SAARC Summit: PM pitches for freer movement in South Asia

SAARC Summit: PM pitches for freer movement in South Asia

16th SAARC Summit begins

SAARC Summit: PM pitches for freer movement in South Asia

Prime Minister Manmohan Singh along with his Bhutanese counterpart Jigme Y Thinley (R) on his arrival at Paro Airport in Bhutan on Wednesday. PTI


Addressing the 16th SAARC Summit here, he regretted that the share of intra-regional trade and investment in total trade and investment flows in the region was far below that of East and South-East Asia and much less the potential.

"The 21st century cannot be an Asian century unless South Asia marches together," Singh said as he underlined the need for translating regional institutions into activities, conventions into programmes and official statements into popular sentiments.

"I have a vision of inclusive growth in South Asia both within our countries and for the region of South Asia as a whole," Singh told the Summit attended by leaders from Bhutan, Bangladesh, Pakistan, Afghanistan, Nepal, Sri Lanka and Maldives.

"Regional and sub-regional imbalances in growth affect all of us in varying degrees, and have led to social unrest," he said, adding "This will require much greater attention in the future, with an emphasis on development at the grassroots level."

Pressing for greater regional cooperation, he said it should enable freer movement of people, of goods, of services and of ideas.

"It should help us re-discover our shared heritage and build our common future," Singh said.

"We must ask ourselves what kind of South Asia we wish to create for our present and future generations? At this anniversary Summit we should renew our compact to build a region that is better connected, better empowered, better fed and better educated," he said.

He said South Asia can once again become part of global trading routes and networks and "influence the global discourse" on issues of concern to the region. "If we do not, we run the risk of marginalisation and stagnation."

Noting that SAARC member countries are able to cooperate individually as members in various international fora, he said, it was, however, "unfortunate that, together, the people of South Asia do not have the voice they should and could have in the global polity."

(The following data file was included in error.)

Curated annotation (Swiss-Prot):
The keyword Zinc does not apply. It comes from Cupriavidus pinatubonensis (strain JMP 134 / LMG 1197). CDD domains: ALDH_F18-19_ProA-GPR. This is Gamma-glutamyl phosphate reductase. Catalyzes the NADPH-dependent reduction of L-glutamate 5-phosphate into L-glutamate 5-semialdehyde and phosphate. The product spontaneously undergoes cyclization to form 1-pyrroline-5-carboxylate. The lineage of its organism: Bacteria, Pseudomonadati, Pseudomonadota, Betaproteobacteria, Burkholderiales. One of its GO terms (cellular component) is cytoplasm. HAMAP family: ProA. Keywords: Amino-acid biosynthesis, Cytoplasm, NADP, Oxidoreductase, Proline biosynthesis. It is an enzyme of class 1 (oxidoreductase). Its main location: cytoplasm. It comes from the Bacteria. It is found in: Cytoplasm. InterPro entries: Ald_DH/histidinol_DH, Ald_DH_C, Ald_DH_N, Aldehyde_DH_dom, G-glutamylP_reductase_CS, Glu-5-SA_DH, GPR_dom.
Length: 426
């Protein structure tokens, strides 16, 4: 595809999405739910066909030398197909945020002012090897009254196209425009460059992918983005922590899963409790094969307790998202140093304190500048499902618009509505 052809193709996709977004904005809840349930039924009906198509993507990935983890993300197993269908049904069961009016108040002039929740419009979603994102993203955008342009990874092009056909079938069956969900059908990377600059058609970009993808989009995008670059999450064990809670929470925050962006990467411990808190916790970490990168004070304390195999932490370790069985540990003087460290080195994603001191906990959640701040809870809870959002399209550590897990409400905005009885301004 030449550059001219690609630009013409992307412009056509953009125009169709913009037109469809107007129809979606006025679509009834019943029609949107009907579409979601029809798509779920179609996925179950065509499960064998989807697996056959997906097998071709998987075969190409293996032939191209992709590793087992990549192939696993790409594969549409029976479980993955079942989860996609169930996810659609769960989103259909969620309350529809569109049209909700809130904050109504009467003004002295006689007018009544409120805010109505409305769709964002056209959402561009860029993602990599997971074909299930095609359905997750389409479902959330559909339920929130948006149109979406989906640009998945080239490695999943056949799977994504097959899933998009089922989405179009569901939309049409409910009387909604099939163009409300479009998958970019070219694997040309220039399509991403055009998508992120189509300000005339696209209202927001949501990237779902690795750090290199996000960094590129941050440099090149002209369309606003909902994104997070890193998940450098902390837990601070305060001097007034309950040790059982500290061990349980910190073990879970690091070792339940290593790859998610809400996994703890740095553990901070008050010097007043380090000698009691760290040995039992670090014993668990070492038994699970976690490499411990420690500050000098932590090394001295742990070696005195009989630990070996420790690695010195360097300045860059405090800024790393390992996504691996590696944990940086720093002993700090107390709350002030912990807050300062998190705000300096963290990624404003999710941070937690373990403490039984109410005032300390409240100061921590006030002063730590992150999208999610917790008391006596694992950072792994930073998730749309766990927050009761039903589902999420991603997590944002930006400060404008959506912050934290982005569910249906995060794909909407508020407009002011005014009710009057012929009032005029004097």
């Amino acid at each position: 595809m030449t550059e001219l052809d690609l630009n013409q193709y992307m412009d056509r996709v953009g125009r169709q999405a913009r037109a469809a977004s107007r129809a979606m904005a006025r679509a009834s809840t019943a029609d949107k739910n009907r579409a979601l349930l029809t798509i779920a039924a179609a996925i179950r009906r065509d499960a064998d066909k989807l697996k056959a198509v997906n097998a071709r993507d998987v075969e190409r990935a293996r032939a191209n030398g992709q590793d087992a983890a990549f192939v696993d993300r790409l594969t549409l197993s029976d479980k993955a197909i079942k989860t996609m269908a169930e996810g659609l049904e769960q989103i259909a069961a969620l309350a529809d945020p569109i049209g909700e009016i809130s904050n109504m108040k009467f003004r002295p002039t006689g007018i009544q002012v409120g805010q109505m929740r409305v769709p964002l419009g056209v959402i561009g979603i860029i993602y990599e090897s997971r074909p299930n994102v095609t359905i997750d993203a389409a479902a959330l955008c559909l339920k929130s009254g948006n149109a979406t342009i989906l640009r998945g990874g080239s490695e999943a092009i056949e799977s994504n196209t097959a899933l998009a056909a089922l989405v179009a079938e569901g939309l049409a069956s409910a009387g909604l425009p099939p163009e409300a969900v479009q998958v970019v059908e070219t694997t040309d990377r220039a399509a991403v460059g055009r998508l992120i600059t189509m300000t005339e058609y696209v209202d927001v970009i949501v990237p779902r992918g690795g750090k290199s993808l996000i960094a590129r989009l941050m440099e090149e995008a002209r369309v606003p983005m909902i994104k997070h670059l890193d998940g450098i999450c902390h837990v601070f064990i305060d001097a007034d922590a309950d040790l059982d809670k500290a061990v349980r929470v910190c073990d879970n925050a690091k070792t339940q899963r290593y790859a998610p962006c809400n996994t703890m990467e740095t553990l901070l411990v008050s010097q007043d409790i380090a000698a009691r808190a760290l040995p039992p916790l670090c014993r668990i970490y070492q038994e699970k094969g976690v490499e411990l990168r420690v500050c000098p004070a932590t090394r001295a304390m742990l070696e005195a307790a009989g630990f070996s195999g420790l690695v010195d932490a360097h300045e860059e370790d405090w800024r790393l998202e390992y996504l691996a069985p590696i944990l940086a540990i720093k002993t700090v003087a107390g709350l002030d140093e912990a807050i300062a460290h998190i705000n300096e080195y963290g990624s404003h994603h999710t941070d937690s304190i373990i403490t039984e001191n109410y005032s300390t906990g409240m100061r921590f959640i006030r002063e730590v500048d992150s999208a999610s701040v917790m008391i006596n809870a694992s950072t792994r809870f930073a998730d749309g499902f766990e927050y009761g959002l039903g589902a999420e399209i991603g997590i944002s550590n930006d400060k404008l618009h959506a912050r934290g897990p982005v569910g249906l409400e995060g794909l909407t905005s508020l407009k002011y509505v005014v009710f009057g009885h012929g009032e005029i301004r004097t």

Singh said over the last two-and-a-half decades South Asian sub-continent has been witness to much progress. "Yet, each one of our countries, and our region as a whole, has a long way to go in fulfilling the aspirations of our people," he said.

"In looking back at these two and a half decades we can claim the glass is half full, and compliment ourselves, or, we can admit the glass is half empty and challenge ourselves," the Prime Minister said.

He said the SAARC countries should "challenge ourselves by acknowledging that the glass of regional cooperation, regional development and regional integration is half empty."

Singh said that by rising to this challenge, "we will not only help ourselves but also become a net contributor to global economic prosperity."

The Prime Minister said SAARC has created institutions for regional cooperation, "but we have not yet empowered them adequately to enable them to be more pro-active."

He referred to the remarks of the then Prime Minister Rajiv Gandhi at the first SAARC Summit in Dhaka in 1985, where he described the establishment of the body as an act of faith. "Based on our experience so far, we can affirm that this was also an act of great foresight and statesmanship," Singh said.

"We have opened new windows of cooperation," he said, while describing the SAARC Development Fund, the Food Bank, the South Asian Free Trade Agreement and the South Asian University as "examples of new institutions that will knit our region more closely together."